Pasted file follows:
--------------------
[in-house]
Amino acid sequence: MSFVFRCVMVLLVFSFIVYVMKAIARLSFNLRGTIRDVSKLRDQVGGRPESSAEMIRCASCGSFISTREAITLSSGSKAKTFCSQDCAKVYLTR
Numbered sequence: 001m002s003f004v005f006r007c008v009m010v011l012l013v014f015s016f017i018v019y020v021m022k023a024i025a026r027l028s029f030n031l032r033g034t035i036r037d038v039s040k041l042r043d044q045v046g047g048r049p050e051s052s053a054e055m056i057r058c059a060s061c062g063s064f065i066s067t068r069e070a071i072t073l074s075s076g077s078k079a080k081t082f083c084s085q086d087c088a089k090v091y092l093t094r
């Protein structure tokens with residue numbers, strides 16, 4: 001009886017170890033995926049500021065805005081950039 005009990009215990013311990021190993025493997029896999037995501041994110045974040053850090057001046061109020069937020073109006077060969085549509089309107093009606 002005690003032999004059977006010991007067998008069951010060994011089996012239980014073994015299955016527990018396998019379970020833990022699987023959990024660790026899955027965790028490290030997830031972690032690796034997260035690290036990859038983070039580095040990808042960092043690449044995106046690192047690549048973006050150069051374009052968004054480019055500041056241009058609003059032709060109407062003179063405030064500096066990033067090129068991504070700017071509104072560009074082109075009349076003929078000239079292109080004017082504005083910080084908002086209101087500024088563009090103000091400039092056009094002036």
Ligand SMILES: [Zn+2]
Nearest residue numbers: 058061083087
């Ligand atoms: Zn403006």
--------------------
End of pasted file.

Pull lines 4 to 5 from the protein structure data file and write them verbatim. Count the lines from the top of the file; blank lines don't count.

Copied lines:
């Protein structure tokens with residue numbers, strides 16, 4: 001009886017170890033995926049500021065805005081950039 005009990009215990013311990021190993025493997029896999037995501041994110045974040053850090057001046061109020069937020073109006077060969085549509089309107093009606 002005690003032999004059977006010991007067998008069951010060994011089996012239980014073994015299955016527990018396998019379970020833990022699987023959990024660790026899955027965790028490290030997830031972690032690796034997260035690290036990859038983070039580095040990808042960092043690449044995106046690192047690549048973006050150069051374009052968004054480019055500041056241009058609003059032709060109407062003179063405030064500096066990033067090129068991504070700017071509104072560009074082109075009349076003929078000239079292109080004017082504005083910080084908002086209101087500024088563009090103000091400039092056009094002036």
Ligand SMILES: [Zn+2]